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Is Ageing Inevitably Associated with Disease - Essay Example

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Is ageing inevitably associated with disease? Name University Is ageing inevitably associated with disease? Introduction: Phenomenon of aging is universally applicable and is well understood by most as a natural physiological process whereby changes take place in a human body that leads to ageing…
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Is Ageing Inevitably Associated with Disease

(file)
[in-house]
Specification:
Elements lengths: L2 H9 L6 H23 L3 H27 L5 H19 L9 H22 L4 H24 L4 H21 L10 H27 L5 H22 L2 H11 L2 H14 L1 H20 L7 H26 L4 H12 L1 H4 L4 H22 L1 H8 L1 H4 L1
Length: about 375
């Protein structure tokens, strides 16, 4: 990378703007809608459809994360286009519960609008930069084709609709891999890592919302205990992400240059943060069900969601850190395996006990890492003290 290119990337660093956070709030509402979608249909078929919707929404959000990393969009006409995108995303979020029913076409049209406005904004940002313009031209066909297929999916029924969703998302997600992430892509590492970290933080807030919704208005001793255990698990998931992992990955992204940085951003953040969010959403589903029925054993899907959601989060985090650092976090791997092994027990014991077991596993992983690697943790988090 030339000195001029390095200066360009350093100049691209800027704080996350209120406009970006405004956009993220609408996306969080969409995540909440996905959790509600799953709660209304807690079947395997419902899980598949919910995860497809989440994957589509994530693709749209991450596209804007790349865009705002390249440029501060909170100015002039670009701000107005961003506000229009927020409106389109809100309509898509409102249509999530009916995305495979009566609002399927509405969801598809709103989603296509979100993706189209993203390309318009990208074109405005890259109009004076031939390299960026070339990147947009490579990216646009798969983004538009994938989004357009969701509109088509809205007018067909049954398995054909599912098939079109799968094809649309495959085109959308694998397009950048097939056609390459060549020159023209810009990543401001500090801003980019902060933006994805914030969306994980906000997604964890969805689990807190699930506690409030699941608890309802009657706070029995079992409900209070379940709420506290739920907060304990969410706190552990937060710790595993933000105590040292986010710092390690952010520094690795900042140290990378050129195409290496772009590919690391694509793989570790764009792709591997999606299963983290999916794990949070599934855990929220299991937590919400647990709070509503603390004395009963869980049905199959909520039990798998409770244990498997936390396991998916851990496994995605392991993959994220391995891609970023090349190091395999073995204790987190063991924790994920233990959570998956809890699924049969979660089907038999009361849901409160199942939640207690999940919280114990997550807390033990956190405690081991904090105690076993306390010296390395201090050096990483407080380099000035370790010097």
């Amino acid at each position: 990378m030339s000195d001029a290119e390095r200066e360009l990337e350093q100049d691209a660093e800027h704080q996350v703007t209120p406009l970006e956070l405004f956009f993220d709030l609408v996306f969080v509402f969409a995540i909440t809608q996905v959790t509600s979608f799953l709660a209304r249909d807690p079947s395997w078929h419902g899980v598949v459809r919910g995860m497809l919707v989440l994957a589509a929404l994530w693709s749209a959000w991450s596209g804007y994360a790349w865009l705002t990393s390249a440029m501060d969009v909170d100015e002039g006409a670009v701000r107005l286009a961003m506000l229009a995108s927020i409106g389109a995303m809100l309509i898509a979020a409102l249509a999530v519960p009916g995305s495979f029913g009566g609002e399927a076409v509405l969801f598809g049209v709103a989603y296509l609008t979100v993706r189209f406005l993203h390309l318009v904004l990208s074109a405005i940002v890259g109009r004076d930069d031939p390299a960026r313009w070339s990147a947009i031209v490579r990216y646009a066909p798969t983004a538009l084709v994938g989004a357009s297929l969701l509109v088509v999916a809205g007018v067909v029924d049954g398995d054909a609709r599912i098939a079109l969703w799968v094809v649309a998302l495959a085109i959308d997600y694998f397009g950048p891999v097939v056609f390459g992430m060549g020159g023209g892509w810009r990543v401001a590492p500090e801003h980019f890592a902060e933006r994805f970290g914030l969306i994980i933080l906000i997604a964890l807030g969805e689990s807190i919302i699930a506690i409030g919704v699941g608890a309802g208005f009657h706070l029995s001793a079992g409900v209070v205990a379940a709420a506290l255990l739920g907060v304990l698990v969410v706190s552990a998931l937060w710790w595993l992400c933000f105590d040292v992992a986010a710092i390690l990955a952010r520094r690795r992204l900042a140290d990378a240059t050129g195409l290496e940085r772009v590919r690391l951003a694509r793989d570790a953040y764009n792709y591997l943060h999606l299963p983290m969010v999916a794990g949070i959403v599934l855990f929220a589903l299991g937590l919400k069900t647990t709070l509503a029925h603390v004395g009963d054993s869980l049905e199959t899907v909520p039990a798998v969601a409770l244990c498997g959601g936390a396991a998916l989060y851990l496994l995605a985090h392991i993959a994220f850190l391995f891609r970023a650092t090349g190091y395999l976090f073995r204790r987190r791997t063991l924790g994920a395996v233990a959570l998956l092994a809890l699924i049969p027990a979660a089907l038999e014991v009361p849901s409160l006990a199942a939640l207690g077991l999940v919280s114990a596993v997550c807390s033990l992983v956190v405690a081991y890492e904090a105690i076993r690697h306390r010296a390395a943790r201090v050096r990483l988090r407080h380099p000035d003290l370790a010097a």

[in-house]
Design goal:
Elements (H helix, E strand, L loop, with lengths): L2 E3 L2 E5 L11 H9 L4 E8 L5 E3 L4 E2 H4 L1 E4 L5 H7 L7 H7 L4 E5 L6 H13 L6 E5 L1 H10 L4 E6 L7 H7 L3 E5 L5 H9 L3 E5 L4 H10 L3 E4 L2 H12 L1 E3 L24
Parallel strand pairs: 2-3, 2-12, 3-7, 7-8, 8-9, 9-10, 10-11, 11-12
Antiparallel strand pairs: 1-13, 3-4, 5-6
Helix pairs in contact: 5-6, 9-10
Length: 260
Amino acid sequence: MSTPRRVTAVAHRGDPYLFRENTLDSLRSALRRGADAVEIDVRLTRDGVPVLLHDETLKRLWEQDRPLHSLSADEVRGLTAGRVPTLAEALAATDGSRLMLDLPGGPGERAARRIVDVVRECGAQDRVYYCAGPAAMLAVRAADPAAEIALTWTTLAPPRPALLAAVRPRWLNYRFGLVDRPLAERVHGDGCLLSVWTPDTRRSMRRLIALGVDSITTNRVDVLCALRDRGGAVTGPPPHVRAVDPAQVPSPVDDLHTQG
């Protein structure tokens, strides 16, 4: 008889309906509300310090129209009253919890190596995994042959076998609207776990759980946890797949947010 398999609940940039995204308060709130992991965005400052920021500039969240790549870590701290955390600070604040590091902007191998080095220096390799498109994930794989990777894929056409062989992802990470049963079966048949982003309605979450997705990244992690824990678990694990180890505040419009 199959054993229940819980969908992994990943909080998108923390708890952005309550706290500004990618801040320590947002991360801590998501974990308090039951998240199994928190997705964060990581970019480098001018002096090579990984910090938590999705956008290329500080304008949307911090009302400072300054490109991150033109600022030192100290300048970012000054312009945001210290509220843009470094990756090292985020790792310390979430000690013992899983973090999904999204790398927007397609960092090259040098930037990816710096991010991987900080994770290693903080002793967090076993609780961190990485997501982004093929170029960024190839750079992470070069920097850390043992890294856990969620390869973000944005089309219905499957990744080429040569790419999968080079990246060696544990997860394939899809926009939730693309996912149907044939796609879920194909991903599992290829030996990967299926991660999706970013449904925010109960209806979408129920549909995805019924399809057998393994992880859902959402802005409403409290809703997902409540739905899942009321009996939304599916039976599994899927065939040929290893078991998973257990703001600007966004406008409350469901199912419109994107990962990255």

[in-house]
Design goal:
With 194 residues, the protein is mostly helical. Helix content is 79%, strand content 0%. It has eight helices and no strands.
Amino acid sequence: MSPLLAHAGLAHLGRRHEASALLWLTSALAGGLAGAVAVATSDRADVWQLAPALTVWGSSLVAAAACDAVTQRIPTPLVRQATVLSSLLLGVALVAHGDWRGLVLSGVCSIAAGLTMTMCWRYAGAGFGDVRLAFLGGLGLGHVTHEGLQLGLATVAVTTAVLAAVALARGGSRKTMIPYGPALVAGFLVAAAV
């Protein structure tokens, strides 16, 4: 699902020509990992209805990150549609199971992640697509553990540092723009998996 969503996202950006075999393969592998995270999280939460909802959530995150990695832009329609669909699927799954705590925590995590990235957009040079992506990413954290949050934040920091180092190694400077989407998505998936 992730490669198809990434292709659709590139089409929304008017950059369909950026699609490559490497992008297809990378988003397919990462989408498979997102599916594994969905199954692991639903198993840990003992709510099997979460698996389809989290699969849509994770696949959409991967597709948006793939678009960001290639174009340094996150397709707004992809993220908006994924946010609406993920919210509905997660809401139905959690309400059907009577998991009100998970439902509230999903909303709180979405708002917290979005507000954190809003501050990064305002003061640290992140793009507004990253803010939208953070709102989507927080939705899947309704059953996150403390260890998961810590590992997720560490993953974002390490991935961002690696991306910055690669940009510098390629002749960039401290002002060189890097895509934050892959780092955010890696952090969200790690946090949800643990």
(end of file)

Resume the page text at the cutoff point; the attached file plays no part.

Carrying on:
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Download file to see previous pages Our body consists of a very organized system in which every organ plays a vital role to sustain life. The mechanical wear and tear in these organs over time is one factor among many that contributes to certain disease processes. Hormones also play a key role in maintaining and stabilizing the internal environment of our body. Therefore hormonal changes that take place during old age also results in degenerative changes. Interesting fact about a normal somatic human cell is that it can replicate for a fixed number of times before it lose its capability of division and enters a state of arrested growth known as replicative senescence. (Balducci et al 2005). Theories of Ageing: Various theories on the basis of ageing have been proposed by many scientists and researchers around the globe. These theories are mostly interlinked as one might support the other theory. (Bengtson et al 1999) Free radical theory was first introduced by Denham Harman in 1956 and according to this theory our body cells undergoes destruction due to interactions with these free radicals over time. (Farley et al 2010). These free radicals are unstable molecules which interact with stable molecules of our cells and also transform them into unstable free radicals. Therefore, it is a vicious cycle and many factors may contribute to excess production of these free radicals such as cigarette smoking, infections, exposure to x-rays or toxins (Chop et al 1999). This theory goes hand in hand with the mitochondrial decline theory. Mitochondria are the power house of human cell and are by far one of the most important organelle in the cell. Because of its property of handling chemical reactions that involves breaking down molecules make it a source of production for these free radicals. Therefore they damage the mitochondria and shut down the power house of cell eventually leading to death. It has been concluded that with age the mitochondrial machinery becomes rusty making it more likely to produce these free radicals. (Farage et al 2010). As I mentioned before many physiological changes during old age is attributed to hormonal changes. The neuro-endocrine theory (Dilman et al 1992) partially explains how these hormone deficiencies take place. This theory was first proposed by Vladimir Dilman and highlights the complex biochemical changes that correspond to decrease functioning of hypothalamus. Hypothalamus is a main regulator of hormones in our body and responds by various negative feedback mechanisms. But ageing can cause a disruption in its function and the most likely explanation for this dysfunction is cortisol accumulation. Cortisol is produced by adrenal gland is regarded as a stress hormone but it has also been associated with gradual destruction of hypothalamus. Hence with age, destruction reaches a certain limit where it affects the normal function of this gland thus indirectly interfering with other hormone production in a body. Cross linking or glycosylation theory of ageing also explains many diseases in old age. In the presence of oxygen, glucose can bind to different proteins, a process known as “glycosylation”. This additional structure on a protein can disrupt its shape and interfere with its function. The longer a person lives the greater the chance that glycosylation will take place. Therefore these glycoproteins accumulate in the body leading to various problems which I will discuss under the ...Download file to see next pagesRead More
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